Living and Working in India: Rise of New India
June 8, 2012
By Robert Smetana, Future Leader
Last summer, I read a New York Times article on my phone about a city in India by the name of Gurgaon, also nicknamed “The Millennium City.” I tried to envision this city that houses many of the world’s most recognized corporations and, to paraphrase the article, has everything except functioning city services and associated infrastructure and all the headaches that go with it. Literally, the city did not exist 20 years ago… it was a small village that was known for cows with a bluish tint.
Little did I know that eight months later, I would be relocating to the exact place that I read about, taking on a new position and a whole set of new challenges.
I’m now almost four months into a yearlong assignment as the engineering manager in a Project Management Consultant (PMC) role overseeing the detailed design effort for a new polysilicon plant being built in Qatar. Add to it that work is being performed across multiple cultures, countries and time zones to make things just a bit more interesting. From a career perspective, it has been a unique opportunity to expand my skills and take a whole new role outside my previous position as a project manager.
The question that I get asked most often is: “What is it like over there?” It is actually a very difficult question to answer. In general, India challenges the senses of even the most seasoned traveler. Add to the equation of living in this environment with a family makes even the most mundane task of grocery shopping a challenge (although it gets easier over time). As I have come to realize, India is probably one of the most diverse countries in the world socially, economically and culturally. It is quite common for people to live off $2 per day in the same city where Mercedes and BMWs are shuttling business travelers to various meetings. The disparity can be hard to grasp at times. The biggest thing to adjust to, which may sound obvious, is that most everything here is done differently and most everything takes longer. “Not today” does not mean it will get done tomorrow.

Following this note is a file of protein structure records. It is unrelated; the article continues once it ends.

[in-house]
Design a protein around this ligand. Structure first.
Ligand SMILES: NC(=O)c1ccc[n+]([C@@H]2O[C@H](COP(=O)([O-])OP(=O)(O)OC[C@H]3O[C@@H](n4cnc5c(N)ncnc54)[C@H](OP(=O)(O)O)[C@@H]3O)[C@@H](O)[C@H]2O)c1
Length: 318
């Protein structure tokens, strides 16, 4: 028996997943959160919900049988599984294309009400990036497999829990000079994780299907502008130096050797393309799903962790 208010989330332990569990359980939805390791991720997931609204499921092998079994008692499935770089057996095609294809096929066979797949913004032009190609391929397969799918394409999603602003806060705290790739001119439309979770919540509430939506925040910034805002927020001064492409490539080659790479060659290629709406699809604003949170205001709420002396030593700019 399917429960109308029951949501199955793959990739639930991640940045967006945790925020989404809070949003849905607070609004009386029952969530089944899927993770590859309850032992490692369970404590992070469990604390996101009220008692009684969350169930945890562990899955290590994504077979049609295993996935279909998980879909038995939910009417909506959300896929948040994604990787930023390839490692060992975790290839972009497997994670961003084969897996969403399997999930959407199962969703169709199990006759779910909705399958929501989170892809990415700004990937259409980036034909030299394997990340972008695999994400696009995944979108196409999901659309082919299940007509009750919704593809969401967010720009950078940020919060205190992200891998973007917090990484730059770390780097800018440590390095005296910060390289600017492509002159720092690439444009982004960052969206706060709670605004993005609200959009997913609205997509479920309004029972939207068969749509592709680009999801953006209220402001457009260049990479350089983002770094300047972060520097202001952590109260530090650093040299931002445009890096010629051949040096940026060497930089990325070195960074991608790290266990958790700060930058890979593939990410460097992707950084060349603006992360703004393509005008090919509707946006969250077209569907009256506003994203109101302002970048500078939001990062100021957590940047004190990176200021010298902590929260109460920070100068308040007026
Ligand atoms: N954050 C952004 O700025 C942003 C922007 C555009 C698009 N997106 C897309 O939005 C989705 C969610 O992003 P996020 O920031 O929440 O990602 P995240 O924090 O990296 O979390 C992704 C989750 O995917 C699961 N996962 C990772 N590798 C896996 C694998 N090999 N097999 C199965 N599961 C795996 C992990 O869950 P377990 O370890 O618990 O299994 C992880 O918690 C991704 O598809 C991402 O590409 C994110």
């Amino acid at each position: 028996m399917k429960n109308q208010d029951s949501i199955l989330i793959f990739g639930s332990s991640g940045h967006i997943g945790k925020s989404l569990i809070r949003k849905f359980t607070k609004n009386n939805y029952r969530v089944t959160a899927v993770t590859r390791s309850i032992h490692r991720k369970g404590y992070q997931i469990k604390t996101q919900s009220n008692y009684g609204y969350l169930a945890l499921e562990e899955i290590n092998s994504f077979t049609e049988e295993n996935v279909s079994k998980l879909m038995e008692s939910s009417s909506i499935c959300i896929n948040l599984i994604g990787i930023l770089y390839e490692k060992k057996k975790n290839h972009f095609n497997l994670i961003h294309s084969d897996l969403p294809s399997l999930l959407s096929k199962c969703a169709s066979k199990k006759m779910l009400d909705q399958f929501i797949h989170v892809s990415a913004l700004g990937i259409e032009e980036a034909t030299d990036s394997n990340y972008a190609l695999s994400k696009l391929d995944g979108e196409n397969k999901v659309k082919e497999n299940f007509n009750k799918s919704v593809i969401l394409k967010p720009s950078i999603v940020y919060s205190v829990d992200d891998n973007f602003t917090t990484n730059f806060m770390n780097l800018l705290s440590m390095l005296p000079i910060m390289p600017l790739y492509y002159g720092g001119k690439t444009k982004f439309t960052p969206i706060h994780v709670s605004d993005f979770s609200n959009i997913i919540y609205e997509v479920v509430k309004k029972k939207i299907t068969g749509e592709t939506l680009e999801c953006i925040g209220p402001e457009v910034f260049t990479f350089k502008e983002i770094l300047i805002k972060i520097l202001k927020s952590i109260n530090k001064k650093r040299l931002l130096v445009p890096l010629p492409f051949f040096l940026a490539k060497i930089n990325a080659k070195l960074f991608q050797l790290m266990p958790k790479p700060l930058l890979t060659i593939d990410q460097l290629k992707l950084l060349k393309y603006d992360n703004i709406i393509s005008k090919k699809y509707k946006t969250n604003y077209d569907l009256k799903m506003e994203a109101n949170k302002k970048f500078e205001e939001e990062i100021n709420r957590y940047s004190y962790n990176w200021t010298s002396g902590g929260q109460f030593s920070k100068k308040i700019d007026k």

Outside of work, I had the opportunity to start seeing some of the country and have also attended an open house at India Institute of Technology (IIT) in Delhi. IIT is considered to be among the top engineering schools in the country. The acceptance rate is less than 2%. To put in perspective, Harvard is the most selective school in the United States has an acceptance rate of 6%. The students were enthusiastic and amazingly similar in many ways to students at an American technical university. It was a look into the new India that is often referenced. Also, important cultural changes are taking place with these young men and women learning and socializing in a mixed setting.
This is my second opportunity to live and work overseas and would still recommend it to most people. I will also say that most assignments include difficulties, frustrations, enlightenment, adventures but most of all, they are what you make of it. If you expect it to be a bad experience, chances are it will be. If you are open minded, flexible and patient, chances are that the experience stretch and expand your horizons in a good way. Years ago, I read about a decision making process called the Rule of 87. It’s quite simple really: when you are 87 years old, looking back on your personal and professional life, what decision would you have made? Looking at a decision from this angle really does bring an amazing amount of clarity.